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Matt Gaetz associate pleads guilty in sex-trafficking case, will cooperate with feds

"Guilty," Joel Greenberg repeatedly said to six of the 33 charges initially filed against him in federal court in Orlando, Florida.
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Joel Greenberg, the former Florida tax official whose criminal case led to a sex trafficking investigation of Rep. Matt Gaetz, pleaded guilty Monday to six of the charges against him and acknowledged that he plans to fully cooperate with federal investigators.

Greenberg, in shackles wearing a jail jumpsuit and a blue surgical mask, admitted his guilt to six of the 33 charges that had been filed against him — identity theft, stalking, wire fraud, conspiracy to bribe a public official and sex trafficking of a minor.

Asked by the judge in U.S. District Court in Orlando whether all the counts were factual, he repeatedly said "yes" and "I do."

Greenberg's plea could spell trouble for Gaetz, a Republican who is an outspoken supporter of former President Donald Trump.

Federal officials are looking into whether Greenberg and Gaetz used the internet to find women they could pay for sex and whether Gaetz had a sexual relationship with a minor he paid to travel with him, The New York Times reported, citing three people briefed on the matter.

Gaetz has repeatedly denied any wrongdoing and has not been charged with any crime.

Gaetz appeared to make light of the scandal while speaking to a group of Republican activists over the weekend, saying the accusations are not as bad as the return of earmarks in Congress.

"I'm being falsely accused of exchanging money for naughty favors," Gaetz said at the Ohio Political Summit in Strongsville. "Yet, Congress has reinstituted a process that legalizes the corrupt act of exchanging money for favors, through earmarks, and everybody knows that that's the corruption."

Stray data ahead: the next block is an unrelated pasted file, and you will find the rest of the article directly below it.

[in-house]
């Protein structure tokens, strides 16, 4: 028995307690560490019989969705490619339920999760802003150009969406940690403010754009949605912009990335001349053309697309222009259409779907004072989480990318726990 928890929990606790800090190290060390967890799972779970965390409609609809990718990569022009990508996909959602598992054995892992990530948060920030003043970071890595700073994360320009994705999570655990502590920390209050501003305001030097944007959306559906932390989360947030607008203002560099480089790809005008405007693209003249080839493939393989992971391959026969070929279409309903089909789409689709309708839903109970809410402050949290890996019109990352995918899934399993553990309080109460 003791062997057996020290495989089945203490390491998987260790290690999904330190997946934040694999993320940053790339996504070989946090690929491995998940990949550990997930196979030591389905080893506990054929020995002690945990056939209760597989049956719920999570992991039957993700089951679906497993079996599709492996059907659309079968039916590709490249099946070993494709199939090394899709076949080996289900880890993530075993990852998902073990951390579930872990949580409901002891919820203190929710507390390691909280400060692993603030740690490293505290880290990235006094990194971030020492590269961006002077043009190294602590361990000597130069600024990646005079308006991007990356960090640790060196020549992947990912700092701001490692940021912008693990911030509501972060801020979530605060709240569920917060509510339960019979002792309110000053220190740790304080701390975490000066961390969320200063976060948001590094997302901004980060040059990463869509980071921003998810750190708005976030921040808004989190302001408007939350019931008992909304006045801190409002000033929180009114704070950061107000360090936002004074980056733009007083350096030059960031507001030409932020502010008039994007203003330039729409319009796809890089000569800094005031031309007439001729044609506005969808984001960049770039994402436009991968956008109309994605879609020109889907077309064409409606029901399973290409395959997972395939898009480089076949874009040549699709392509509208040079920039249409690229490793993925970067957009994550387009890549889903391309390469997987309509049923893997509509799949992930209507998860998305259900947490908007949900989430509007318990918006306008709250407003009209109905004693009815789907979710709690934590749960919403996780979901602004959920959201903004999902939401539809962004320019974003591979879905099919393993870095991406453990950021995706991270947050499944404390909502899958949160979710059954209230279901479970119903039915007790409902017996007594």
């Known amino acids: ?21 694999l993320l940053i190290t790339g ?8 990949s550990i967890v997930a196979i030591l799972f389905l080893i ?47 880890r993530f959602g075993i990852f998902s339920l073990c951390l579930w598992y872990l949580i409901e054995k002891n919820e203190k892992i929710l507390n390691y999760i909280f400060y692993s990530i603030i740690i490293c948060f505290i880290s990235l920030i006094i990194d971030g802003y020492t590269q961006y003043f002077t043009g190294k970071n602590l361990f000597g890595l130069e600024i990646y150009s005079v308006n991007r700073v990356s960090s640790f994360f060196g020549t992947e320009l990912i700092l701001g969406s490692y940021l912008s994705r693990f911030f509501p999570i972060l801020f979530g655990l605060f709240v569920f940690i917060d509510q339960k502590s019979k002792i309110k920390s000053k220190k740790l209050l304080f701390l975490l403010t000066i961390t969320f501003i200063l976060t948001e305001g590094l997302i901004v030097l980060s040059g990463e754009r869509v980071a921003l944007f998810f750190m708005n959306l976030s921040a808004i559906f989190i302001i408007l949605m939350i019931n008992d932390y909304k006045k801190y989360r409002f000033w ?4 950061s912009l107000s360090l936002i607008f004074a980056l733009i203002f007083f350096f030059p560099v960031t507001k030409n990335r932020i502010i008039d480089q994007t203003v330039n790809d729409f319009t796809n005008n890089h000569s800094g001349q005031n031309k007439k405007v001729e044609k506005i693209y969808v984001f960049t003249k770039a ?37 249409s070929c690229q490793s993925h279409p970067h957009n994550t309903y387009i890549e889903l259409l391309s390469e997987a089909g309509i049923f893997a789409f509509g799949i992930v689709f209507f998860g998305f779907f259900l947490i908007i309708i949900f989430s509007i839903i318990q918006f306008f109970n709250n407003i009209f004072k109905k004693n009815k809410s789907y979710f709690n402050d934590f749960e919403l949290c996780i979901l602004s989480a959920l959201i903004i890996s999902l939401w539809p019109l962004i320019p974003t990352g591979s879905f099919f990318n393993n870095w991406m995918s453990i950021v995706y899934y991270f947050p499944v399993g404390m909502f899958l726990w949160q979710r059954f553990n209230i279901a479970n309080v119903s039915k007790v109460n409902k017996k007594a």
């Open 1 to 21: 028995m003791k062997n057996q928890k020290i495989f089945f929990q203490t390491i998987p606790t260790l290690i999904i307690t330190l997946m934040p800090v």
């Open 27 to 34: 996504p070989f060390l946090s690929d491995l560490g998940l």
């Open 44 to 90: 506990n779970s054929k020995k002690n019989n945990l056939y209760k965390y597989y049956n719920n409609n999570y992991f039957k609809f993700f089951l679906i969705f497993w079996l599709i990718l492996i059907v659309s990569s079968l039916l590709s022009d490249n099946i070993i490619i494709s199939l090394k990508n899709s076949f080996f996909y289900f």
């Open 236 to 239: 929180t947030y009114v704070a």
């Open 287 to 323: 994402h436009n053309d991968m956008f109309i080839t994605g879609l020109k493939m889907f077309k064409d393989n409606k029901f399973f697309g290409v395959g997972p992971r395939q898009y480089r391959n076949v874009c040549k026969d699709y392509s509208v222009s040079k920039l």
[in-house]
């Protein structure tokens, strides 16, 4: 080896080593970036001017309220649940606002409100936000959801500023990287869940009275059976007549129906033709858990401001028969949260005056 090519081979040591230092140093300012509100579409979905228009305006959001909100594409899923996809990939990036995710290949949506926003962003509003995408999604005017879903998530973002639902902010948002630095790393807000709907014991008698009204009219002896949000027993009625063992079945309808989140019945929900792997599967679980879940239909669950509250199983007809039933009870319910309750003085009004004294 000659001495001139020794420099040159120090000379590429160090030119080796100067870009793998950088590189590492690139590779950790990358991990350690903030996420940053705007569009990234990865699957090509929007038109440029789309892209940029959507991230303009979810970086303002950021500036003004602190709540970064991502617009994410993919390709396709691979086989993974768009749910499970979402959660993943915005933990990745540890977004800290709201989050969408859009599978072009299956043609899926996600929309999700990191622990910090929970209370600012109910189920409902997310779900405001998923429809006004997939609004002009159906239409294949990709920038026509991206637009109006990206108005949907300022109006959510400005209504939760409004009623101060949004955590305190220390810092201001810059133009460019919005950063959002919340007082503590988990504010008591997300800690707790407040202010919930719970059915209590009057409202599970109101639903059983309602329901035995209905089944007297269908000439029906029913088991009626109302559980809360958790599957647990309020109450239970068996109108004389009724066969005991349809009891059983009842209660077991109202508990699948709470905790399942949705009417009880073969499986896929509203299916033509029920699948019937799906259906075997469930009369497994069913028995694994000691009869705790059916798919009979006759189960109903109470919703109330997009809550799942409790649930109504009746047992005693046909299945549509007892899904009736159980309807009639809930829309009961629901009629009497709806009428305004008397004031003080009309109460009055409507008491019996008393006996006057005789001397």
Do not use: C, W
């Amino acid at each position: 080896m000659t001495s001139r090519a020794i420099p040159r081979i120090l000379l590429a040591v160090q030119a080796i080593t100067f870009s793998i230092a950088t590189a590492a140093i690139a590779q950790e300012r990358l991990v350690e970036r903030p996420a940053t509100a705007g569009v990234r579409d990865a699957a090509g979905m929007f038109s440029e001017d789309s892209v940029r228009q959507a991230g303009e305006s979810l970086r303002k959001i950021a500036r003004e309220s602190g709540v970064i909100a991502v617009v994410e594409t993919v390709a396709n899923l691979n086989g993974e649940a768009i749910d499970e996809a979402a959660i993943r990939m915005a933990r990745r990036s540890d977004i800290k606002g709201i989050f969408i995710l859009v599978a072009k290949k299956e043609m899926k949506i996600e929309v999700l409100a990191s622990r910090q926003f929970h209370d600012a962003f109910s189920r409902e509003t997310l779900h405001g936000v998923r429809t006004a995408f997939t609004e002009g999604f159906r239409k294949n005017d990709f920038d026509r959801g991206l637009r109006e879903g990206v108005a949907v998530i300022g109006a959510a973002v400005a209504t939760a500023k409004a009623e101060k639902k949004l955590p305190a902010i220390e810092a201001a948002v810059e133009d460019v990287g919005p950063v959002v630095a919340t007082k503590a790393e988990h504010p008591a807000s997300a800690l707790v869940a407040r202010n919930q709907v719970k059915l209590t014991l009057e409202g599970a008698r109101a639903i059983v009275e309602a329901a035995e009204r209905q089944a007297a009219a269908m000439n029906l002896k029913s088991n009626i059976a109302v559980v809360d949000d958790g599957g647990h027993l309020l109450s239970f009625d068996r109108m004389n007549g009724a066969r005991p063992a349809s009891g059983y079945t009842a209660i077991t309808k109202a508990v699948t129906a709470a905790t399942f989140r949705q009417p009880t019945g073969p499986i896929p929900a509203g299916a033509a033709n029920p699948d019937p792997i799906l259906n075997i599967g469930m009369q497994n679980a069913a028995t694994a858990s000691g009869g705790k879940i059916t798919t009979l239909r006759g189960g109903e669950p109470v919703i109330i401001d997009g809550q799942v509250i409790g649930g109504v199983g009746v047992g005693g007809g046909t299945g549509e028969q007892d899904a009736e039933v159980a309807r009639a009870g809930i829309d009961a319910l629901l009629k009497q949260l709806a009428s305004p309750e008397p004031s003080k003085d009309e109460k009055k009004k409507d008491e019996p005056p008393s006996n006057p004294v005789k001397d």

Greenberg's plea agreement was filed in court Friday. Documents filed in connection with the agreement do not mention Gaetz, who was not mentioned in court Monday.

Greenberg was remanded into custody pending his sentencing, which will take place later. He faces a mandatory minimum of 12 years in prison, and under the terms of the deal, he will have to pay hundreds of thousands of dollars in restitution and register as a sex offender.

As part of the deal, Greenberg agreed "to cooperate fully with the United States in the investigation and prosecution of other persons, and to testify, subject to prosecution for perjury or making a false statement, fully and truthfully before any federal court proceeding or federal grand jury in connection with the charges in this case."

Greenberg, a married father of two, admitted to having spent over $70,000 in 150 transactions to pay women for sex from 2016 to 2018. One of the women was under 18 "for part of the time" Greenberg paid her for sex acts "with him and others," he acknowledged in court filings.

Two of the other charges he admitted to were the ones that led to his arrest last year: identity theft and stalking. Prosecutors had charged Greenberg that used the phony identities to smear a teacher who was challenging his re-election campaign for Seminole County tax collector.

Greenberg had falsely accused the rival of having engaged in "sexual misconduct with a student," the Justice Department said.

The teacher, Brian Beute, attended the plea hearing and spoke to reporters beforehand. He thanked his wife and daughters, "who endured the trauma of these dreadfully false allegations."

Beute said that starting just one week after he filed to run for tax collector, "I sustained an eight-month-long string of attacks on my character."

Beute questioned how Greenberg, who also admitted embezzling money from his government job, was able to get away with as much as he did for as long as he did. He called for an investigation of the tax collector's office.

"The state of Florida's oversight system was either complicit with or failed to monitor the Seminole County tax collector office," he said. "Why? Who is responsible for this failure? Under a functional and effective system of checks and balances, it is quite possible some crimes might have been prevented and today's events may never have occurred."